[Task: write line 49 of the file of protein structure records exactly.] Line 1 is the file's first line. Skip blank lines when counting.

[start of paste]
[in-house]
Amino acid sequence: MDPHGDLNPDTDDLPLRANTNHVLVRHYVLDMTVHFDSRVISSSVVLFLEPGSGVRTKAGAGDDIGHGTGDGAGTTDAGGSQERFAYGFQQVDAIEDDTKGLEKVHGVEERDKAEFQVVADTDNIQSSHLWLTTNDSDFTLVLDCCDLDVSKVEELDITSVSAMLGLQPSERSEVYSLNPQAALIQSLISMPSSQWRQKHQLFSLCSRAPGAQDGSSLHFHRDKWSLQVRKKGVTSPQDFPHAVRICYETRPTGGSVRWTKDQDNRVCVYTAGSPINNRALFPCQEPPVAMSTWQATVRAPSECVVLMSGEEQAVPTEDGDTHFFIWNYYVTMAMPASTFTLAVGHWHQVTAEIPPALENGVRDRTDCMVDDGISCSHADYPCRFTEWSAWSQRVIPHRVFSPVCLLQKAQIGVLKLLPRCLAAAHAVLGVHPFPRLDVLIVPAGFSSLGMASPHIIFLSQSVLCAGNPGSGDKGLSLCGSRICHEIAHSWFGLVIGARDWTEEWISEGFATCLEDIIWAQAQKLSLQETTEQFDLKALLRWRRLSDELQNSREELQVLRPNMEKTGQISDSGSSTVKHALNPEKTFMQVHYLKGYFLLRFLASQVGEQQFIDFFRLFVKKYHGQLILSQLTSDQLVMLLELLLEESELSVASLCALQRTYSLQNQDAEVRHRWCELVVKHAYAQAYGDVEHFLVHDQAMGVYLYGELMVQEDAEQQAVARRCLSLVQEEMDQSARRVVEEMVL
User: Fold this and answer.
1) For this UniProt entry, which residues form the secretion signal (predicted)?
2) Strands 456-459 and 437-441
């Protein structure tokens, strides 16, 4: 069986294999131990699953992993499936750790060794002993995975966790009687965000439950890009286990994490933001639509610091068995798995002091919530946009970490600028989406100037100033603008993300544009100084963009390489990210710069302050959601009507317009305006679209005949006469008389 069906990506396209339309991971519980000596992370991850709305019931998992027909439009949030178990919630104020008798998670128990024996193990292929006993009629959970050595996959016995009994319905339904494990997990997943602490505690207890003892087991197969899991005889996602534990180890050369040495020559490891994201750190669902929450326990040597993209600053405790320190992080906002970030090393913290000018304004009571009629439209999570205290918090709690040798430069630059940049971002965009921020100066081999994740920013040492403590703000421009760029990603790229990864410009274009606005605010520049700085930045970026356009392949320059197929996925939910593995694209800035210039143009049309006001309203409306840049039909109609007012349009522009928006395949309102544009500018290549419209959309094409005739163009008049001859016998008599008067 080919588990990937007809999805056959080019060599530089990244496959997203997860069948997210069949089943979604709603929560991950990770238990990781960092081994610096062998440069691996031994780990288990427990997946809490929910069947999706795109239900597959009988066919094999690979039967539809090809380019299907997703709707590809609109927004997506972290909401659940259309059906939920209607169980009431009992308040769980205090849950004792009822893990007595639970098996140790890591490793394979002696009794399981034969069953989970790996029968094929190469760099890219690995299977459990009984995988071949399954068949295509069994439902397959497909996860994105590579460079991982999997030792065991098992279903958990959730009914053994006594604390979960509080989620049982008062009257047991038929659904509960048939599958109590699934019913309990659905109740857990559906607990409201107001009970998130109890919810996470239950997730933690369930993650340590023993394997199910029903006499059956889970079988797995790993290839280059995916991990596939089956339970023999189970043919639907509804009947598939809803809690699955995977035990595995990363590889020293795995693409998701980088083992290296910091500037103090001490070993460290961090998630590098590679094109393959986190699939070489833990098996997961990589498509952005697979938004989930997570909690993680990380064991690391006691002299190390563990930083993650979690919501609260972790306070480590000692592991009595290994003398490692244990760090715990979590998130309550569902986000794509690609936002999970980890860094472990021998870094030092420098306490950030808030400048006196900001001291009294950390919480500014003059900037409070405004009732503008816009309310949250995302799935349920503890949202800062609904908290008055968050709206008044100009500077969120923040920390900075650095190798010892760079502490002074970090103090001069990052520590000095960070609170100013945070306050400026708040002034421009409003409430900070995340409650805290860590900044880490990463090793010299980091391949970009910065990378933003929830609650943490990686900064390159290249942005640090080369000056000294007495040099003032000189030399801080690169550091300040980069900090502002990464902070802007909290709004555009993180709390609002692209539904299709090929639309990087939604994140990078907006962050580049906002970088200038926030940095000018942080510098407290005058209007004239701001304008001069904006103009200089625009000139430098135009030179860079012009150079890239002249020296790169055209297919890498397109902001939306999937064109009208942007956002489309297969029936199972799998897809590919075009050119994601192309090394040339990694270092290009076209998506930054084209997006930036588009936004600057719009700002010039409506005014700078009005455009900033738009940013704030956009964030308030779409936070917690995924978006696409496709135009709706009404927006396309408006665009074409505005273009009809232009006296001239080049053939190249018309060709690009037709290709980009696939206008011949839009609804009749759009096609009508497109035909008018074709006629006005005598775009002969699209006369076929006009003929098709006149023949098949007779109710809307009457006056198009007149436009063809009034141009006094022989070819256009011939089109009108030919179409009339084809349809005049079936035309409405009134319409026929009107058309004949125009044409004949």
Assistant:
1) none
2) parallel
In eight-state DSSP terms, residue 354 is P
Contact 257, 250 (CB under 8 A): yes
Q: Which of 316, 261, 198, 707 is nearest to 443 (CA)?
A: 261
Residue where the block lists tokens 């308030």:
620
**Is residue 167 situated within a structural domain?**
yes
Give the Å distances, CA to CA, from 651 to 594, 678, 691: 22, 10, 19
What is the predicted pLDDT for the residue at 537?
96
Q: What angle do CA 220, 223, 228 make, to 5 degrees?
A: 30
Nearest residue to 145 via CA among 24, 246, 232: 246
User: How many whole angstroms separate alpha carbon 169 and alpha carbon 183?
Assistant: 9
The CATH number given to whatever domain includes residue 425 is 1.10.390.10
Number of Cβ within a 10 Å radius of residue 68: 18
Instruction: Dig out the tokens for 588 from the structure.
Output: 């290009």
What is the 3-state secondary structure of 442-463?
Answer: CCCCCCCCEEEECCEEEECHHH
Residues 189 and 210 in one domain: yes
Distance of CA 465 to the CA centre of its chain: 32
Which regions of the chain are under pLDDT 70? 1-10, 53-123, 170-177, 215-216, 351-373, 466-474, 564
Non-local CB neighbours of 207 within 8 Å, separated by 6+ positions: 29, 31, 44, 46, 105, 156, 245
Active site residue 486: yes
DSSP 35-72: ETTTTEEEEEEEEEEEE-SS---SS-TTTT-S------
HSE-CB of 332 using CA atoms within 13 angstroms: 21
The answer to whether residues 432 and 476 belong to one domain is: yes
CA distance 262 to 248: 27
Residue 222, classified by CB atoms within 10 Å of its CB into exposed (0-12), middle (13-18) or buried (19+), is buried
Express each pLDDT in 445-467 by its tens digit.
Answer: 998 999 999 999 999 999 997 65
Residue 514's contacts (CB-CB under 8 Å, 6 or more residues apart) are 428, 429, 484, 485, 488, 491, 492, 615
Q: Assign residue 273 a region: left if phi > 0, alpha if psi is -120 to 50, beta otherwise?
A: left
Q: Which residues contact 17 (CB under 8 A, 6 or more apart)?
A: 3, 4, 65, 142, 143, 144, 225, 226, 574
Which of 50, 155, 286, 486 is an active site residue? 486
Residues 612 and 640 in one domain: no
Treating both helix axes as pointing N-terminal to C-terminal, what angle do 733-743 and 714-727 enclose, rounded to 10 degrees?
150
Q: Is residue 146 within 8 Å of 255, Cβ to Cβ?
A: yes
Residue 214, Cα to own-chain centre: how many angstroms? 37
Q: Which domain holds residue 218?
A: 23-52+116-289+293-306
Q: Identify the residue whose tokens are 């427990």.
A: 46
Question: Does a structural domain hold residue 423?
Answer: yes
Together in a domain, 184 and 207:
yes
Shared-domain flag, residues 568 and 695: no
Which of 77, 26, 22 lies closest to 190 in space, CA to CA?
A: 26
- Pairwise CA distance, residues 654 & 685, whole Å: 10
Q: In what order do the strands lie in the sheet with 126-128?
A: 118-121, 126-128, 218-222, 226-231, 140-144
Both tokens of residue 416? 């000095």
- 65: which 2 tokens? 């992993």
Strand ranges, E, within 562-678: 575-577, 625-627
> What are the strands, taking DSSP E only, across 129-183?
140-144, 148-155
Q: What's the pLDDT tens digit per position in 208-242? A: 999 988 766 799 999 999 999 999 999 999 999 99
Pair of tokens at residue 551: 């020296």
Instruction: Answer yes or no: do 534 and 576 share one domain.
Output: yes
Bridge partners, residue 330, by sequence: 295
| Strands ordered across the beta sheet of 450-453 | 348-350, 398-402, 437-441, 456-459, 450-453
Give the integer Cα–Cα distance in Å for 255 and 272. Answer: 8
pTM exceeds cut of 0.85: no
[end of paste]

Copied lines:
Which of 50, 155, 286, 486 is an active site residue? 486